Invocation of the Horned God in German

Baphemetis painting by Linda Falorio owned by author

The Invocation of the Horned God in Witchcraft rituals was written by Doreen Valiente and we in the Coven of the Catta probably copied it from the Grimoire of Lady Sheba. I added the IO PAN because I am also a Thelemite. Last year the daughter of a friend and Priestess in the Coven, who goes by the name of Rabe (German for Raven), did us the service of translating this Invocation into German as part of her cyber high school studies. I asked her to translate it because for a while I toyed with the idea of a Coven that was based on Teutonic Magickes and Runes called Blau Stern Schwarz Schlonge Hexenzirikel, but nothing ever came of that. So here is the Invocation in English and then in German, and if anyone in a German speaking country can offer a better translation then please post that and put the link in my comments sections. Thanks, and Blessed Be!


Invocation of the Horned God in English

By the flame that burneth bright, O Horned One,

We call thy name into the night, O Ancient One.

Thee we invoke by the moonlit sea,

By the standing stone and the twisted tree.

Thee we invoke where gathers our own,

By the nameless shore, forgotten and lone.

Come where the round of the dance is trod,

Horn and hoof of the Goat-foot God.

By moonlit meadows, on dusky hill,

When the haunted wood is hushed and still.

Come to the charm of the chanted prayer,

As the moon bewitches the midnight air.

Evoke thy powers that potent bide,

In the shining stream and the secret tide.

In fiery flame, by starlight pale,

In the shadowy host that rides the gale.

And by the ferndrakes faerie haunted,

Of forest wild and woods enchanted.

Come ! O  Come !  To the heartbeat’s drum !

Come to us who gather below,

Where the broad white moon is climbing slow.

Through the stars to the heaven”s height,

We hear thy feet on the winds of night.

As black tree branches shake and sigh,

By joy and terror we know thee nigh.

We speak the spell thy power unlocks,

At Solstice, Sabat, and Equinox.

IO Pan      IO Pan      IO Pan      Evohe !


Invocation of the Horned God in German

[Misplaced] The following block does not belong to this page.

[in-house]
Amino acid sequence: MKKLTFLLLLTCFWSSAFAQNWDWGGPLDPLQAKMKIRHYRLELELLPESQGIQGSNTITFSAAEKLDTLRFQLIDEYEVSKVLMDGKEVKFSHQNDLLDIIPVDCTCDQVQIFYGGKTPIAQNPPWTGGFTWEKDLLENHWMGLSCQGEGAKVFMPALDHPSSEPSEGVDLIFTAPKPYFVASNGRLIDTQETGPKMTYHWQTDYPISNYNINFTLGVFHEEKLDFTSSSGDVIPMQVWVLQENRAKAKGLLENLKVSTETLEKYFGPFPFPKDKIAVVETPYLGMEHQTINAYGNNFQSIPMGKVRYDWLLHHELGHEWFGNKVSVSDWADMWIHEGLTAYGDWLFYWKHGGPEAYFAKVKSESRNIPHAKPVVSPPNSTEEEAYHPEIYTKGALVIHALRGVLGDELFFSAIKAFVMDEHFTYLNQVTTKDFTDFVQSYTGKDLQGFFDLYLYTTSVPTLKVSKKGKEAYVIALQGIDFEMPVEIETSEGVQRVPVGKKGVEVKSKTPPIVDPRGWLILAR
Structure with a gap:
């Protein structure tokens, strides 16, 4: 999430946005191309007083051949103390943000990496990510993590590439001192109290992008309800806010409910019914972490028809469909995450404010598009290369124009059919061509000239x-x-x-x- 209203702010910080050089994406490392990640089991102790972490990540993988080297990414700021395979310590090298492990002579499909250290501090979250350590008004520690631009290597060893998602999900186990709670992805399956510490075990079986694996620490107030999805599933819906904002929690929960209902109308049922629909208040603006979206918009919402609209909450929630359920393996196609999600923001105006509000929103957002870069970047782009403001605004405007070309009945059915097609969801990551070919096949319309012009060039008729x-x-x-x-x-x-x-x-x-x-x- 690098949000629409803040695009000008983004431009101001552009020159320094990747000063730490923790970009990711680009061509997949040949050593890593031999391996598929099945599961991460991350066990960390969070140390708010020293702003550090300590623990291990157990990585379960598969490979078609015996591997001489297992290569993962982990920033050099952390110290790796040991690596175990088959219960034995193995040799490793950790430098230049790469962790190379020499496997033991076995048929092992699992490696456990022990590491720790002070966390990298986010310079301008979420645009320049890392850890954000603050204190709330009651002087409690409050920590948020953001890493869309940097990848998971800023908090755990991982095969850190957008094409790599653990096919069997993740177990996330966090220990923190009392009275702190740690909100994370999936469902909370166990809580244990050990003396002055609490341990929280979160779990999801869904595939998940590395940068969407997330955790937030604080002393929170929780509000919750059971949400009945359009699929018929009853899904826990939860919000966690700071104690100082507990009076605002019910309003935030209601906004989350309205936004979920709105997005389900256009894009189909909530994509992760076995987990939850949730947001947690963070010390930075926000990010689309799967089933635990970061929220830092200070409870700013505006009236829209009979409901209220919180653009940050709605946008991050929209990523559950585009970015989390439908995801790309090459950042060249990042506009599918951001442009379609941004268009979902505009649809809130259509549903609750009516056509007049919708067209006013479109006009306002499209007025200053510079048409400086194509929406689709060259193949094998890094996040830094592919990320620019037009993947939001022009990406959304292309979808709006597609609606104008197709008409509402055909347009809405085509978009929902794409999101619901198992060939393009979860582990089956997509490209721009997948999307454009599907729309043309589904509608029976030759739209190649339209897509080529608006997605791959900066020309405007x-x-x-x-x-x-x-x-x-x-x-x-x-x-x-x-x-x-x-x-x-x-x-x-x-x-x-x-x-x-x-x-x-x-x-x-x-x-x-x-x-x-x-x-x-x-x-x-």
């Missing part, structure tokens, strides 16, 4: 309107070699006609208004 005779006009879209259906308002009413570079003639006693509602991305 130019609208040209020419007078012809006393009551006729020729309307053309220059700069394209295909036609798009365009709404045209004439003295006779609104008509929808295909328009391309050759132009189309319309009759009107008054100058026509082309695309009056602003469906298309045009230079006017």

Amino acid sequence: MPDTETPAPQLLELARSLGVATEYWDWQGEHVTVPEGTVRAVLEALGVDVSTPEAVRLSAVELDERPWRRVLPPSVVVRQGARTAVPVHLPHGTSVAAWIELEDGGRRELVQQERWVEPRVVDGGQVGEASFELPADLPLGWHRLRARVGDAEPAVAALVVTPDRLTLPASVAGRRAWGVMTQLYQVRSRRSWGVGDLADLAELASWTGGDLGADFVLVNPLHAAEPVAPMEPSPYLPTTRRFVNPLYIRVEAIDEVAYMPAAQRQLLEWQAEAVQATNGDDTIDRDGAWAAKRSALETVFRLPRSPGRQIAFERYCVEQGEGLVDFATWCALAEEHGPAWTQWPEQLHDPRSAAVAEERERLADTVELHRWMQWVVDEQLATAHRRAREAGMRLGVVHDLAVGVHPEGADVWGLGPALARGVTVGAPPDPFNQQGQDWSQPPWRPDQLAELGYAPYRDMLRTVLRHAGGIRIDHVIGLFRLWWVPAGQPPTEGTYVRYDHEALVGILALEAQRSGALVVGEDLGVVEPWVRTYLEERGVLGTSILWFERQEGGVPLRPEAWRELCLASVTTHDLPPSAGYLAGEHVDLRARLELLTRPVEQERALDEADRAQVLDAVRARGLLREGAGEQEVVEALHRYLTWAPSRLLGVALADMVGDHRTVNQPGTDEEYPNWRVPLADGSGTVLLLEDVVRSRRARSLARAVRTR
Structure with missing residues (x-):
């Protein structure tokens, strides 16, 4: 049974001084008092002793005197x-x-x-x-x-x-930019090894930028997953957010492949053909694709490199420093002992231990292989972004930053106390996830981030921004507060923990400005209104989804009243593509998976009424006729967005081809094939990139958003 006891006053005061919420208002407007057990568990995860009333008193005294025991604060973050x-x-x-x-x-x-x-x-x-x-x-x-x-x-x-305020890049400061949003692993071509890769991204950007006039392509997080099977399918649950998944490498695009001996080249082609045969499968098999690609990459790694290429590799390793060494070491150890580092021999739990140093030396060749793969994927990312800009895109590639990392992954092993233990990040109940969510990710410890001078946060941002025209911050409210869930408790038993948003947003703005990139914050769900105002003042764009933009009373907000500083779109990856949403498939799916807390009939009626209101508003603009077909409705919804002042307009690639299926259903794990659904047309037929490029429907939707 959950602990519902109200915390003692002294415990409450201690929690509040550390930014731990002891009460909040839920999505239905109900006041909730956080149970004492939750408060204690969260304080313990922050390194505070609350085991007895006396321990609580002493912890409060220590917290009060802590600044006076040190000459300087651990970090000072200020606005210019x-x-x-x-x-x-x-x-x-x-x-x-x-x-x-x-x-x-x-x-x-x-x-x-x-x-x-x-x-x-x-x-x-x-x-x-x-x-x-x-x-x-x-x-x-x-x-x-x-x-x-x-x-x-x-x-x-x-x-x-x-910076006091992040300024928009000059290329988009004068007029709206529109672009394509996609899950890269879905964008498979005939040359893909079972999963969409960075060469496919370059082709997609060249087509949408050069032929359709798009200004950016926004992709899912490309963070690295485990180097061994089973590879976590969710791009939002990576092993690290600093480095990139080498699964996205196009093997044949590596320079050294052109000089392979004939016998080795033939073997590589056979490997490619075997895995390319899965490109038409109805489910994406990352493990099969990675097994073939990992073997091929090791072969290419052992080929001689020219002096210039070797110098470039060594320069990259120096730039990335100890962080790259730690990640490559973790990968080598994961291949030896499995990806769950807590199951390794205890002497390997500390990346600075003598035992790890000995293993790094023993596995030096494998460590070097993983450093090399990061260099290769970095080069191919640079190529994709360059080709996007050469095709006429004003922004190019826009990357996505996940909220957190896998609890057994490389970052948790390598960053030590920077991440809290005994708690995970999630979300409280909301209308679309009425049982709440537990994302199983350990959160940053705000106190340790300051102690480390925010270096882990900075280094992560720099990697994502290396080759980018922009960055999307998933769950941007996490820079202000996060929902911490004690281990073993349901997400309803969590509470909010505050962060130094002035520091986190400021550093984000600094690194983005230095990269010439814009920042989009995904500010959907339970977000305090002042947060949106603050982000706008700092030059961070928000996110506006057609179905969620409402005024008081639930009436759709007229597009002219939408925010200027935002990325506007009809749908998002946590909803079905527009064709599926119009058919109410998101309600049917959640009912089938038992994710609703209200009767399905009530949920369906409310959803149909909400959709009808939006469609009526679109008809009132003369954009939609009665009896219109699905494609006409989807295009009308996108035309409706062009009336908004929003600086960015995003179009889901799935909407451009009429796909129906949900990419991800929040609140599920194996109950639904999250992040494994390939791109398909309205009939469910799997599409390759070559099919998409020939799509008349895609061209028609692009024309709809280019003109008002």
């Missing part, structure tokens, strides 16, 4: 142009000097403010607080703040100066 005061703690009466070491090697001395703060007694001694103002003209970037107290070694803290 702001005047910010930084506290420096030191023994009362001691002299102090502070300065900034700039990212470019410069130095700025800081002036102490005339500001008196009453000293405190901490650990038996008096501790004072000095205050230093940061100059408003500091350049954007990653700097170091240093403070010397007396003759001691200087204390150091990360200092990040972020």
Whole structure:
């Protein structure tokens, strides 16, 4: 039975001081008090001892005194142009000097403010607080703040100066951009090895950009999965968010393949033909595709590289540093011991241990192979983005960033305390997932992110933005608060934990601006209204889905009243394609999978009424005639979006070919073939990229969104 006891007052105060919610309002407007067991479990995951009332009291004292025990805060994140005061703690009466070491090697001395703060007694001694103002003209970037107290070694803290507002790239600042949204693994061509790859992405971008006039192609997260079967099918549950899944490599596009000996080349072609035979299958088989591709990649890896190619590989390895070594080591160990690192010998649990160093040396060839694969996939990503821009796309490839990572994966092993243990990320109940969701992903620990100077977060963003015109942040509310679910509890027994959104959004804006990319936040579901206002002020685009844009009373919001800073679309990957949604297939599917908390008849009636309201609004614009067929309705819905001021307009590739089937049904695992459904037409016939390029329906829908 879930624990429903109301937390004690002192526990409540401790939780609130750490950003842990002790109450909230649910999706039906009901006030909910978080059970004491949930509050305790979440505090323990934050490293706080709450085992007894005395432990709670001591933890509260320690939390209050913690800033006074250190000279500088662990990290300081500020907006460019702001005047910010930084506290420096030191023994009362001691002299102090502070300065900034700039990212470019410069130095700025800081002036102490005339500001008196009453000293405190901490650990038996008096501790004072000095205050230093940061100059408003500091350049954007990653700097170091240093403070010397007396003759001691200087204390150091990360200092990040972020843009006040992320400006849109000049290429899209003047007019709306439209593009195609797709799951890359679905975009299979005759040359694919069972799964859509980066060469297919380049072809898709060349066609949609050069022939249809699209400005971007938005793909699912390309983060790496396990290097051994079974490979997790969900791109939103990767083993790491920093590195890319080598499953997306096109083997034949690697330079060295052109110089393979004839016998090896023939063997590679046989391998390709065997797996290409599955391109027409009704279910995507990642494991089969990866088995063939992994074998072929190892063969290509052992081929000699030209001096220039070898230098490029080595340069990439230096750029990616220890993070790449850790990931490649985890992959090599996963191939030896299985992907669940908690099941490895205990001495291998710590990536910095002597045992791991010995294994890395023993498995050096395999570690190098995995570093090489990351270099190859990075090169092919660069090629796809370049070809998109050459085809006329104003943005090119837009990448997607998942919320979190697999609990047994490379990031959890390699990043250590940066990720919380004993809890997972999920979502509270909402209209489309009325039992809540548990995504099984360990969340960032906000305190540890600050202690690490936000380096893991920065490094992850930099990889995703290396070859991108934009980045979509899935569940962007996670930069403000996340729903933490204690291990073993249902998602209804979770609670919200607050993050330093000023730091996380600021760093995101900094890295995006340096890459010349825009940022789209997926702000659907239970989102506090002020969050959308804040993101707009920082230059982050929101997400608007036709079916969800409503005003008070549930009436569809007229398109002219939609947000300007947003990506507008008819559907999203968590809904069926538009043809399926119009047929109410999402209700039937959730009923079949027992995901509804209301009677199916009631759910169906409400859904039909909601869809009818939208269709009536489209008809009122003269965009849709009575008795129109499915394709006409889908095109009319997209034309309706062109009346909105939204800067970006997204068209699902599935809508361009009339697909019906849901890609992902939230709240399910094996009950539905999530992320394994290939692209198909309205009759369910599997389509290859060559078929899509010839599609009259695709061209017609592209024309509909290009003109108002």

Durch die Flamme, die brennt hell, O Gehörnten,

Wir rufen deinen Namen in die Nacht, O Uralt eins

Thee rufen wir durch den Mondschein Meer,

Durch den ständigen Stein und die verdrehten Baum.

Thee rufen wir, wo sammelt unsere eigene,

Durch die namenlosen Ufer, vergessen und allein.

Komm dorthin, wo die Runde der Tanz getreten ist,

Horn und Huf des Goat-Fuß-Gott.

Durch Mondschein Wiesen, auf dunklen Hügel,

Wenn das Geisterhaus Holz beruhigt und immer noch ist.

Kommen Sie den Charme der skandierten Gebet,

Als der Mond verzaubert die Mitternacht Luft.

Evoke deine Kräfte, die starke abwarten,

In den glänzenden Strom und das Geheimnis Flut.

In feurigen Flamme, von Sternenlicht blass,

In den schattigen Host, dass der Sturm fährt.

Und durch die ferndrakes faerie verfolgt,

Von Wald wild und Wälder verzaubern.

Kommen Sie! O komm! Um den Herzschlag der Trommel!

Kommen Sie zu uns, zu sammeln unten

Wo die breite weiße Mond klettert langsam.

Durch die Sterne in den Himmel “s hoch,

Wir hören deine Füße auf den Winden der Nacht.

Als schwarze Äste schütteln und Seufzer,

Mit Freude und Schrecken kennen wir dir nahe.

Wir sprechen den Zauber deiner Macht entriegelt,

Bei Solstice, Sabat und Equinox.

IO Pan      IO Pan      IO Pan      Evohe !


Third Degree Initiates in the Coven of the Catta

Temple in Dr Santee’s basement 1970

The Coven of the Catta comes from several older lineages. The most direct is from Dame Sybil Leek of the Coven of the Horsa of the New Forest in England, which came from the Coven de la Dragon Rouge in SE France. Lady Sybil Leek initiated Lord Merlin and Lady Phoebe Athene Nimue in 1967 and they founded the Coven of the Catta in northern Pennsylvania. The other lineages come through Lord Merlin, aka Dr Frederick LaMotte Santee, who received initiations into Covens and Occult groups in England, France, Germany, Italy and North Africa. Our founders have all passed on. Lady Phoebe initiated me, Shawnus, into my three degrees in the early 1980s and with Lady Alsace I continue to carry on the Coven lineages.

In order of initiation the following witches are officially Third Degree High Priestesses and Priests of the Coven of the Catta:

Shawnus Merlin Belarion – Pennsylvania

Lady Alsace Isa Brie – Pennsylvania

Lady Augur Nagi Astarte – Florida

Lady Tanith Athene Ulf-Vana – North Carolina